The Beer Queendom...
Chronicles of a Utopian World


Part 6

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This is the story of The Beer Queendom, a social utopia where good beer is plentiful
and justice rules. As with all human endeavors, utopia is a hardfought goal. The Queen
is currently battling a moat dweller who she banished from The Beer Queendom for demanding
the inclusion of wheat beers, and the effects of the Outer World’s globally induced
warming trend. Preparations continue, nonetheless, for the world’s greatest beer festival.

“Beer Bitch!” The Queen snapped awake as the words drifted from the moat below. “Beer Bitch!” This was too much. She hit the Overlook button on her new Easy Throne and the seat rose and tilted forward simultaneously. She looked down and spotted the moat boat. Its dweller was standing petulantly on the deck dressed in a ragged pair of lederhosen and a tie-dye shirt. He looked half gypsy, half German — and completely out of style. Even the colors clashed, the bright tie-dye clashed with the earthen green lederhosen.
“Beer Bitch!” The moat boat neared the embarkation point on the outer shore. The moat dweller turned and spotted the Queen just she was about to lower the Easy Throne. “Hey Queenie!”
“It’s Your Highness to you! And keep the noise down!” She’d had it with the misogynistic moatdom.
“Sweaty, let’s go! We’re late again!”
“The only thing you’ll be late for is your funeral, and that’s a pity!” the Queen yelled, wondering why she bothered to waste her breath.
“Have some of this!” the moat dweller yelled, grabbing his crotch and doing his familiar, ridiculous white boy shuffle.
The Queen looked around for something to throw, settling on one of the gueuze-steamed tomatoes that lay untouched on her plate.
Her throw was hard and accurate — she hadn’t been the starting pitcher on her university baseball team for no reason — and the tomato sailed over the parapet like an arrow shot from Artemis’ bow. It struck the moat dweller on the temple, knocking his eye patch askew. That felt good.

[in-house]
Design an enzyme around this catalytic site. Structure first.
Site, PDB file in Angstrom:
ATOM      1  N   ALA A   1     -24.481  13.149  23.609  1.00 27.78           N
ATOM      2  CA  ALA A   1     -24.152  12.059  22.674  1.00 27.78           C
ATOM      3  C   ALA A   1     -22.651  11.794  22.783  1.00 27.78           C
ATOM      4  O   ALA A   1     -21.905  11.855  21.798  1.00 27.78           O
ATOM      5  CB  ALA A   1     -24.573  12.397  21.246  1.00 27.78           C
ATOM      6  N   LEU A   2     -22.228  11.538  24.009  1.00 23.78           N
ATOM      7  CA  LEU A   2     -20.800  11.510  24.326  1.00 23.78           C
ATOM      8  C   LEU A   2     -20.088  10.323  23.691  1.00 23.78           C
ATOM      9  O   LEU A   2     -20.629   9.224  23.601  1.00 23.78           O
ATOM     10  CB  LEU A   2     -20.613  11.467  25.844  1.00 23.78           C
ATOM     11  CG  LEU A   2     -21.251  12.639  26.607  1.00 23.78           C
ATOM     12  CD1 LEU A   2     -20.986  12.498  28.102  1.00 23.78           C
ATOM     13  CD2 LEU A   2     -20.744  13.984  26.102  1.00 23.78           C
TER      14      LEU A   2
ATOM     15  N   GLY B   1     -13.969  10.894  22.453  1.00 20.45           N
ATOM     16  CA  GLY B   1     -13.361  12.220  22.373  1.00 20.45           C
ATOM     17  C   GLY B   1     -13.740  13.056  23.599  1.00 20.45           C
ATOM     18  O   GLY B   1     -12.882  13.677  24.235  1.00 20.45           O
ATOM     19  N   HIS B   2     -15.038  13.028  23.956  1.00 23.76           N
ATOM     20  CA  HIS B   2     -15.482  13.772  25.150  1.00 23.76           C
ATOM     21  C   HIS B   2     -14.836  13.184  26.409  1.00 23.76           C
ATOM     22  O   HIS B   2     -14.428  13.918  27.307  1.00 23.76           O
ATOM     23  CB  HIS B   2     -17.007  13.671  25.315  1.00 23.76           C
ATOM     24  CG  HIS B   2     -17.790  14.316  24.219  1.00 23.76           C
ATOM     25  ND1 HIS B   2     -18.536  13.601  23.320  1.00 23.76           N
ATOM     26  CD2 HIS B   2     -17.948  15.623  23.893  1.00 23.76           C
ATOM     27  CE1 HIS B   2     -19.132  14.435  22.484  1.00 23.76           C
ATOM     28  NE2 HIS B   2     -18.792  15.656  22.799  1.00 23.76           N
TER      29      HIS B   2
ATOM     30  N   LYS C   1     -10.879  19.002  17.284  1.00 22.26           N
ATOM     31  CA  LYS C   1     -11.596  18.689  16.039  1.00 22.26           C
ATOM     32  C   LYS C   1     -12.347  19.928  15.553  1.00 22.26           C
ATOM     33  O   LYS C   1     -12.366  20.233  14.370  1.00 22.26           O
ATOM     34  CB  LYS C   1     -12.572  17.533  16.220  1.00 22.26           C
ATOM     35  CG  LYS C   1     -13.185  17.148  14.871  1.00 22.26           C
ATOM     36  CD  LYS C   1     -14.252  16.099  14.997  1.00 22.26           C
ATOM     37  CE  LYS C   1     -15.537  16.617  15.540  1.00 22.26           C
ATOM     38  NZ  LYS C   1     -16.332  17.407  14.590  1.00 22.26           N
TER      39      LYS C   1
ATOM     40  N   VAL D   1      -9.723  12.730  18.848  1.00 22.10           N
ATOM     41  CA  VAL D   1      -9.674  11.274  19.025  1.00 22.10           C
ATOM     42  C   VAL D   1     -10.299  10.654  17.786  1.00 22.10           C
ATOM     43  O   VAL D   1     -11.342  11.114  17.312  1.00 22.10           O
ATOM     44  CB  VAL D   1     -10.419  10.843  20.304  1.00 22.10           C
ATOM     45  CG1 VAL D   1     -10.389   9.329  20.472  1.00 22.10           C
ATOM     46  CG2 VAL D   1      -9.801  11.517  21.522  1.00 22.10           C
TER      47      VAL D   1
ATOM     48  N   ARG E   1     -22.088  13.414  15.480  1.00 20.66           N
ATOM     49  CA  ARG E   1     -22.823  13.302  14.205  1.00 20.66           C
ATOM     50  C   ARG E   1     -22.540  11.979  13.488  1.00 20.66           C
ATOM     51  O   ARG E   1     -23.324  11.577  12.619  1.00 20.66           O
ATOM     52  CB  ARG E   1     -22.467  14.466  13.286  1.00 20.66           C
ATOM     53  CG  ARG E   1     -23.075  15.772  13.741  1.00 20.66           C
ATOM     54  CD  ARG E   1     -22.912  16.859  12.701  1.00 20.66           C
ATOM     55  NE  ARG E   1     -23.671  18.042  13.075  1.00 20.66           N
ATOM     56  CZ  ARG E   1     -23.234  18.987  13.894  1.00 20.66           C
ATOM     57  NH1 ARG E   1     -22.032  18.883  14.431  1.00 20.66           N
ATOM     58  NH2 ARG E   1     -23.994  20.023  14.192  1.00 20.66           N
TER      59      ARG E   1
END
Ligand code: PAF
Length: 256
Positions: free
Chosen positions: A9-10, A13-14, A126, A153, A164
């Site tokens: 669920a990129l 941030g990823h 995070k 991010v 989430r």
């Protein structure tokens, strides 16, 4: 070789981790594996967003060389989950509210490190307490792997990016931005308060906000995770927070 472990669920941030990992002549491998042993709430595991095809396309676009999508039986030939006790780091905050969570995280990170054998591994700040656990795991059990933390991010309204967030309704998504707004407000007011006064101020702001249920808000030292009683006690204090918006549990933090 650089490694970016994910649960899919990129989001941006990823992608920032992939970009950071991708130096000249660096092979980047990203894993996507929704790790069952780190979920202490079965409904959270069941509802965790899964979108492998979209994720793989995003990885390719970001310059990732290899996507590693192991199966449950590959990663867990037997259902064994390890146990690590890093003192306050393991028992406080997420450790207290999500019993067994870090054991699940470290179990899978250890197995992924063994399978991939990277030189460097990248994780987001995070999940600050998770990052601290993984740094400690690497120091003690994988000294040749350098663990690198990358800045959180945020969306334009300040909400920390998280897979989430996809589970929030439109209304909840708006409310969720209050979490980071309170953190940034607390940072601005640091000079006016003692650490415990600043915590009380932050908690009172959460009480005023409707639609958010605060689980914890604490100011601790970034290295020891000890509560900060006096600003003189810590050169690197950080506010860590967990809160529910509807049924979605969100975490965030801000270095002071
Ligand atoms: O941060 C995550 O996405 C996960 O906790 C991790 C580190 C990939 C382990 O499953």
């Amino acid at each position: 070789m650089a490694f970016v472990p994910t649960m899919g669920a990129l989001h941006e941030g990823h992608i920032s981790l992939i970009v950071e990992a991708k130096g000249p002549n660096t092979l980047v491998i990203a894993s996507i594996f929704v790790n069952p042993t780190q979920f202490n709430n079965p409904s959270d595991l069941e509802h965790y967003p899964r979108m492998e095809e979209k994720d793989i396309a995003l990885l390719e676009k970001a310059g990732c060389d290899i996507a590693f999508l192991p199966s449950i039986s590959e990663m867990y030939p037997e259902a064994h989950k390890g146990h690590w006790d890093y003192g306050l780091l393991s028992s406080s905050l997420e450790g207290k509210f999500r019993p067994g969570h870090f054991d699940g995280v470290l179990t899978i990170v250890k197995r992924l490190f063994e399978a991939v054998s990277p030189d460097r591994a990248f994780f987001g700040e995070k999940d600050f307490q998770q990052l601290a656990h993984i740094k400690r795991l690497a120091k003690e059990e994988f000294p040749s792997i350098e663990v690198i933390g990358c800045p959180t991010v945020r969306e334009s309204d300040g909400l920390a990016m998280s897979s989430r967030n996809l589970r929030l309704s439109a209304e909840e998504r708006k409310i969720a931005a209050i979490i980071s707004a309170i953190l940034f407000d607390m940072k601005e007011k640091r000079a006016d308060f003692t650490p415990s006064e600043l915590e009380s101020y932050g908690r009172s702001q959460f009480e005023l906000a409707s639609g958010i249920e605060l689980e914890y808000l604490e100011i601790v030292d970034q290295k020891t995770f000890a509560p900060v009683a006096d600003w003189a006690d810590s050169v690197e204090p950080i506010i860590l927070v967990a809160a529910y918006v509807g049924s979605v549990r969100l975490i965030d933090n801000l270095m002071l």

“Wha …” The moat dweller reached up and felt strands of the tomato as red liquid dripped off him like an oozing wound. He looked up and spotted the Queen, who sat at the edge of the parapet shaking a finger at him.
“Don’t you ever call me Queenie again!”
“I’ll call you whatever I want!”
Without waiting, she threw a second tomato. It hit the moat dweller directly in the chest, knocking him back three steps where he tripped on a stray deck chair and fell on his ass.
“If I hear one more thing about you trying to run a beer festival,” the Queen yelled, “I’ll sink that sorry excuse for a boat!”
“What are you talking about!”
“I know what you’re saying! I hear the voices!”
“I’ll say what I want!” the moat dweller responded angrily.
“You’ll say what I permit you to say! I’m the decider!”
“I made you what you are!” the moat dweller yelled back. “You and your damn Queendom!”
“What are you talking about!” It was the Queen’s turn to be puzzled.
“If it wasn’t for me you’d know nothing about beer! I made you!”
“You did no such thing!” the Queen thundered back.
“You’d be drinking Coors Light if you hadn’t met me!” the moat dweller yelled.
“Dream on!”
And you wanted me!”
“Wha…”
“You wanted me! You wanted this!” The moat dweller grabbed his crotch again.
“That’s disgusting!”
“I could have had you right there in the restaurant! After I put fresh ground pepper on your salad! I could have split you like an overripe melon!”
The Queen was speechless. How a miserable, filthy peasant like this could even think such thoughts was beyond her. She grabbed the last tomato off the plate and raised it above her head. The moat dweller flinched, falling on his ass again.
“Ha!” she laughed, triumphantly, at the same time wondering why the tray of tomatoes had been left out. It was a good thing, she thought, as well as the fact that they had lacked the requisite sourness to be eaten. They’d served a far better purpose.
“Your afternoon appointment is here, your highness.” The voice came from behind and she hit the Overlook button, forgetting the little man in the moat.
“You wanted to see me?”
The soft voice of Honeyman changed her mood immediately. Seeing him always calmed her. Fighting not to be sharp, she asked, “How is the water situation?”
“They’ve agreed to negotiate,” her lawyer replied.
The Queen stifled a huge sigh of relief, not wanting to let Honeyman know exactly how important this breakthrough was to her. It would be a great thing to announce peace with the Outer Realm on the opening day of Beer Carnival. Saving the world from itself wouldn’t be easy, but if anyone could do it, Honeyman could. Maybe he’d help her deal with the moat dweller.
“The Beer Carnival bands have arrived and are thirsty, your highness,” a servant said, interrupting her thoughts.
“Beer Bitch!” The voice echoed unheard from the moat below.

Next issue, Beer Carnaval.
By los Testigos de Cerveza

Copyright 2006, Rocky Mountain Brewing News

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